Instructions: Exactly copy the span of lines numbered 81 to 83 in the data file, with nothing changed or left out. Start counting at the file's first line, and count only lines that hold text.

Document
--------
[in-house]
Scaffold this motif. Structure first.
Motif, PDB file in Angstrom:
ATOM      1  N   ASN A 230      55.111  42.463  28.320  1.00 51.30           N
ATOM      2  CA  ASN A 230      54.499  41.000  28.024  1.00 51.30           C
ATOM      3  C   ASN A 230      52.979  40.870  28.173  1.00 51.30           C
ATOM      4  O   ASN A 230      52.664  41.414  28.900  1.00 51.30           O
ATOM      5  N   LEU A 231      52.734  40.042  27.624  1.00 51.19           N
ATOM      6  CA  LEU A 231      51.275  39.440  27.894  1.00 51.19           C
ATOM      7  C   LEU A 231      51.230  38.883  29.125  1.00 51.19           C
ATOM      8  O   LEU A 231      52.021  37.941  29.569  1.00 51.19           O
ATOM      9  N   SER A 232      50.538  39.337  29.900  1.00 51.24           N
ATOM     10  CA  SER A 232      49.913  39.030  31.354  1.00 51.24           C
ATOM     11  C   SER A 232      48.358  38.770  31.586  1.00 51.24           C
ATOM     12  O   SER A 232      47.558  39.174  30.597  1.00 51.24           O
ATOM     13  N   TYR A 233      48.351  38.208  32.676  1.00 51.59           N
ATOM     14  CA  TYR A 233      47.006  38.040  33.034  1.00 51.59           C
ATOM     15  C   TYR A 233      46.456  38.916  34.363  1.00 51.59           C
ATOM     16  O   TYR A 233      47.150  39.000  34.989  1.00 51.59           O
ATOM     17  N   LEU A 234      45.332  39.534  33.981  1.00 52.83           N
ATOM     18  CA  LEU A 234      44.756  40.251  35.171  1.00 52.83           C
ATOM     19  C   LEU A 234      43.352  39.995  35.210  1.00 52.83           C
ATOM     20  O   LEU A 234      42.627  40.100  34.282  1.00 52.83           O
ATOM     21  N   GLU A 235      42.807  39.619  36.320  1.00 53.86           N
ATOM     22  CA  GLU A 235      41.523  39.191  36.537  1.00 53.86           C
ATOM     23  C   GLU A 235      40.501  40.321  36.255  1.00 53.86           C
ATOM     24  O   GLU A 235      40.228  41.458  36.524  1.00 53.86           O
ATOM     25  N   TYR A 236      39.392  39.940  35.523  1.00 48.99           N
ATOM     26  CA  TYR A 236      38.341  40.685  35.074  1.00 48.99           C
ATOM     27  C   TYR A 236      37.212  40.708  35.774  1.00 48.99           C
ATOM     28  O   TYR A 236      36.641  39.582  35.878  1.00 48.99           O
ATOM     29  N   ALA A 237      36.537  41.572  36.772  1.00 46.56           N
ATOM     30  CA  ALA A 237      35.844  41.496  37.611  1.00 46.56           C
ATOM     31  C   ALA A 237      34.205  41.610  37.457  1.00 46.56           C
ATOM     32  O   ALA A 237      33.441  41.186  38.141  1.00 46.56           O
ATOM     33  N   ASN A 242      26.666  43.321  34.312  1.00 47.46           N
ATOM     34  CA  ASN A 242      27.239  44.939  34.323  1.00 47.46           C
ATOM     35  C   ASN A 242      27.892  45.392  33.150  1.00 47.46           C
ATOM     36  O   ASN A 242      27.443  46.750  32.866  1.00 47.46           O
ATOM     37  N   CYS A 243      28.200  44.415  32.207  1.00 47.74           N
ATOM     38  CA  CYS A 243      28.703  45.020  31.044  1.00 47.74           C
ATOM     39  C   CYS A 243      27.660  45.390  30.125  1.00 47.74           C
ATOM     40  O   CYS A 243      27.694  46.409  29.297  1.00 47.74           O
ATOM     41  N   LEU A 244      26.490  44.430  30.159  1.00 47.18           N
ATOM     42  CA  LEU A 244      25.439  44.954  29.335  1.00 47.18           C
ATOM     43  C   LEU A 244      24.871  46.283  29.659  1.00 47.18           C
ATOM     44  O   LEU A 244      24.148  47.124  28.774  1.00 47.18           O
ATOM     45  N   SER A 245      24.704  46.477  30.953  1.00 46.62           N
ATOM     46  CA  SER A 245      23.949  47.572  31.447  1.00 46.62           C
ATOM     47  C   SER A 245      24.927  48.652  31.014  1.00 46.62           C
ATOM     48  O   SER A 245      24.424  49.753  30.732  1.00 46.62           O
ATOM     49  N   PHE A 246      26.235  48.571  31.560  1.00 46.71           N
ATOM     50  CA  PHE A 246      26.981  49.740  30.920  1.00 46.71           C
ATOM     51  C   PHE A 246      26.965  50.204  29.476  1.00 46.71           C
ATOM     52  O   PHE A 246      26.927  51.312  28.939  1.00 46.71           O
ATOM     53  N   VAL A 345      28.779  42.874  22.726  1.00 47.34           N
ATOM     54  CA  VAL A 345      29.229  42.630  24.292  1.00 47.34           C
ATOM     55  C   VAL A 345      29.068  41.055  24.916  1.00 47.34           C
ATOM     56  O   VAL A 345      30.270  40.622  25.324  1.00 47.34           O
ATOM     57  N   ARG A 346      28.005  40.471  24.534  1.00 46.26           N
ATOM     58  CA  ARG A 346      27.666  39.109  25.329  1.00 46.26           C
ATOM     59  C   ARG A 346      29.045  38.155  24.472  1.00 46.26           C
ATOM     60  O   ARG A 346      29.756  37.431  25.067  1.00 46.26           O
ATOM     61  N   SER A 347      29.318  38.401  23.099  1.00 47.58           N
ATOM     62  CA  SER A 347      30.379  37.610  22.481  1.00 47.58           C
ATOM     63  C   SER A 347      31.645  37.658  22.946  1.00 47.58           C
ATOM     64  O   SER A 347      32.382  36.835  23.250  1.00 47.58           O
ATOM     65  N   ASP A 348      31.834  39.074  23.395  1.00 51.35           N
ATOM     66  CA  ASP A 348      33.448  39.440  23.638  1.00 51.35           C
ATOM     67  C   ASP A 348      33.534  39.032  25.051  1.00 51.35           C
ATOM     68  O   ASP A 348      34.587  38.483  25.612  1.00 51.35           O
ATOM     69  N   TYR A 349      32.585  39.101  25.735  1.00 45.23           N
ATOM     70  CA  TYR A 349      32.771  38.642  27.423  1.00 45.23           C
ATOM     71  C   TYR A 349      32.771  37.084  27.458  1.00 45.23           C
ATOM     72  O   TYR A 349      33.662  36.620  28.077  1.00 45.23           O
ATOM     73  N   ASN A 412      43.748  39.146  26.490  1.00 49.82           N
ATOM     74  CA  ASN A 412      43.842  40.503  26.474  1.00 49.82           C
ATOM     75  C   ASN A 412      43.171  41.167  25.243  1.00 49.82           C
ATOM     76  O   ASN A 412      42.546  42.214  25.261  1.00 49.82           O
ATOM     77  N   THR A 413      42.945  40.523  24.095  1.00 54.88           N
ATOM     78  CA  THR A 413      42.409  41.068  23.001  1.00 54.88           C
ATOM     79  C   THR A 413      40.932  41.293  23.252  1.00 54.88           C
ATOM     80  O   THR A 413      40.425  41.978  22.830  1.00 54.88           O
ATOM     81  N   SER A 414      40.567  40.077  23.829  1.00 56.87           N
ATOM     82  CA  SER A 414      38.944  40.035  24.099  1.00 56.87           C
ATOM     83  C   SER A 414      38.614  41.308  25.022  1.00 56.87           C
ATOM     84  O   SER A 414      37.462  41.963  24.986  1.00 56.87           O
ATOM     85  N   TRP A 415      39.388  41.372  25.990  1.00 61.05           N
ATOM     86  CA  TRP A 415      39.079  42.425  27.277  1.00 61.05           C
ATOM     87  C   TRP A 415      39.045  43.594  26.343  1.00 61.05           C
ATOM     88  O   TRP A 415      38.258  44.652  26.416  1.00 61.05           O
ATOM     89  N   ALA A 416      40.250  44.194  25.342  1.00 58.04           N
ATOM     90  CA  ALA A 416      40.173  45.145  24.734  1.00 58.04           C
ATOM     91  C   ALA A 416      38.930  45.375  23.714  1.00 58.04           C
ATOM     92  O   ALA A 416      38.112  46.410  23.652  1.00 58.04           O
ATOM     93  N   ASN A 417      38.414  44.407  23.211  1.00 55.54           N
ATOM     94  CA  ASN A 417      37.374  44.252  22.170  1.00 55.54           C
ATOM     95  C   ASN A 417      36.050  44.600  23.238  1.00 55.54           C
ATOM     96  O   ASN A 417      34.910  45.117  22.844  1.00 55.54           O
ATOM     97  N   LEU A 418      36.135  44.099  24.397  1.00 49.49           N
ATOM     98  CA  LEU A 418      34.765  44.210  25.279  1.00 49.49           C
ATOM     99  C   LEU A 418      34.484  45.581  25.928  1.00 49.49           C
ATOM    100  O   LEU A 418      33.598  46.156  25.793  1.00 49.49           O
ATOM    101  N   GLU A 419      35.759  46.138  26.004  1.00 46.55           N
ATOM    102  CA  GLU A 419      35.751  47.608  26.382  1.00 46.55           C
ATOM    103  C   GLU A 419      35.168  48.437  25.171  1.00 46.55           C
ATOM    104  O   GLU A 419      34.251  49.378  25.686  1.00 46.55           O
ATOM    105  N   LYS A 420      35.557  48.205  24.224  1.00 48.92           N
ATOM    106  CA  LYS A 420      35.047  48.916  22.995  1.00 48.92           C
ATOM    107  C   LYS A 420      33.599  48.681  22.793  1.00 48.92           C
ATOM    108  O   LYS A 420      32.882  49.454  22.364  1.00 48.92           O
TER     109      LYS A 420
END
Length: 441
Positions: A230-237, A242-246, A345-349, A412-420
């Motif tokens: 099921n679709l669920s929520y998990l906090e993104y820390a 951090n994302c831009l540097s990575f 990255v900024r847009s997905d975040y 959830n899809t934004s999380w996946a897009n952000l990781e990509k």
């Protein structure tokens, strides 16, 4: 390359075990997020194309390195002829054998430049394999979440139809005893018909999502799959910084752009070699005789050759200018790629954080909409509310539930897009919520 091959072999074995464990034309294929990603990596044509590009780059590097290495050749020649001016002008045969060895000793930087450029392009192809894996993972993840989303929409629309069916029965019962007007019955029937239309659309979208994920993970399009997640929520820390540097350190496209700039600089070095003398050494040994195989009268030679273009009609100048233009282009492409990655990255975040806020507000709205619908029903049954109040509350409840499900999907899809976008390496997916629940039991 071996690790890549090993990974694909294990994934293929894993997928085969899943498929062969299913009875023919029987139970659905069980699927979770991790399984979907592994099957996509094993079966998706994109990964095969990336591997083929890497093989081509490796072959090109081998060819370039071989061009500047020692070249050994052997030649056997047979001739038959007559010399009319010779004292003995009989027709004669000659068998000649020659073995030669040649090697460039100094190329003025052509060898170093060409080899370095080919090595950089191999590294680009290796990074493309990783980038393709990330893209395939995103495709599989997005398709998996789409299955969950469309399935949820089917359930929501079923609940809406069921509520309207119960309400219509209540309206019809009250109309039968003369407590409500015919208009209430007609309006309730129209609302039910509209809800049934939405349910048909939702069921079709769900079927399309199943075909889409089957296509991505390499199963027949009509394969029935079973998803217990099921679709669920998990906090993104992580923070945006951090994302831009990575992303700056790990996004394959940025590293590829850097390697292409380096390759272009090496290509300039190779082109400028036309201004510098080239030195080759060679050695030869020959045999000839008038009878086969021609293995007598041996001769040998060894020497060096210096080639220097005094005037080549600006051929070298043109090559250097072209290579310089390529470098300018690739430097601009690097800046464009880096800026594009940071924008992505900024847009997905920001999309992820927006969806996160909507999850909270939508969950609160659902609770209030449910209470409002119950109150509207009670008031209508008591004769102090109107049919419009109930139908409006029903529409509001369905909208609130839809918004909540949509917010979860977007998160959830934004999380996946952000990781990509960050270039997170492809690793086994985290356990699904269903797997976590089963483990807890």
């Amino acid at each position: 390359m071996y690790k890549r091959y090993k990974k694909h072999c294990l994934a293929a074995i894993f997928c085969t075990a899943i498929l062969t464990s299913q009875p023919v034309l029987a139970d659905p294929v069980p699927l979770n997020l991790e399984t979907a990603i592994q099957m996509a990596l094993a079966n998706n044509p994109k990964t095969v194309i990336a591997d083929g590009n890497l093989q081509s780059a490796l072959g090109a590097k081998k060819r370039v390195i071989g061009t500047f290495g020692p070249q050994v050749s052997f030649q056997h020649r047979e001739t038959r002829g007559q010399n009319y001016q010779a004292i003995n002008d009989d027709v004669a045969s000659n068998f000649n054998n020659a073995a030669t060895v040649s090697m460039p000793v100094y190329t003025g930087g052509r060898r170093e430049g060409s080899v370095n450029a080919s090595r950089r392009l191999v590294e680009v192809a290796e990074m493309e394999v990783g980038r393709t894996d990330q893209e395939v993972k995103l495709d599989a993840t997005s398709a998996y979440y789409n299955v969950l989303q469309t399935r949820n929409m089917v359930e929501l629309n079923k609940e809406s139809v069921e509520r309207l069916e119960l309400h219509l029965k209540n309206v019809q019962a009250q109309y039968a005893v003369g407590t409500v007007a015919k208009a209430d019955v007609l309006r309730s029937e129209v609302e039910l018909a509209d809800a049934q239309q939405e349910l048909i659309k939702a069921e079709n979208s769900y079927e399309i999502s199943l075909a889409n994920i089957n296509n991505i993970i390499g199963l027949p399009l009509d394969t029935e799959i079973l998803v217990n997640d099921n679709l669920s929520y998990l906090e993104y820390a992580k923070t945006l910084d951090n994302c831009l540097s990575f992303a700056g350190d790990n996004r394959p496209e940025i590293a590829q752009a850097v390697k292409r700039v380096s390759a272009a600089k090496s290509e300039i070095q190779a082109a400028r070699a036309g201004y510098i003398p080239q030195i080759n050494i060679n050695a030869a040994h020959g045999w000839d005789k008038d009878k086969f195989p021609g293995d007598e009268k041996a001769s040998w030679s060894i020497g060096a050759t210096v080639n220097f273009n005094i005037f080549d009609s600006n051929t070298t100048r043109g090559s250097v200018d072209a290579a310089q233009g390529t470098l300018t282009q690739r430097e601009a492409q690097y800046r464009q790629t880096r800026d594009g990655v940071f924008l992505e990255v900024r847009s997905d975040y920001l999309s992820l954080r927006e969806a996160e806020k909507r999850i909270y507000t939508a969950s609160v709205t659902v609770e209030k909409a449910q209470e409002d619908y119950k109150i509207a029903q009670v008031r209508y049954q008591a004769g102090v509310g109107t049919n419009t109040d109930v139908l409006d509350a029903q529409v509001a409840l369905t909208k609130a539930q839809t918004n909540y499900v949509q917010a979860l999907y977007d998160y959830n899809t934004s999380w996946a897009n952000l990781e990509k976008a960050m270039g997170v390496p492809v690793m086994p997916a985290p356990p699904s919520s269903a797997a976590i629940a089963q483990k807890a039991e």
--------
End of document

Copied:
ATOM     78  CA  THR A 413      42.409  41.068  23.001  1.00 54.88           C
ATOM     79  C   THR A 413      40.932  41.293  23.252  1.00 54.88           C
ATOM     80  O   THR A 413      40.425  41.978  22.830  1.00 54.88           O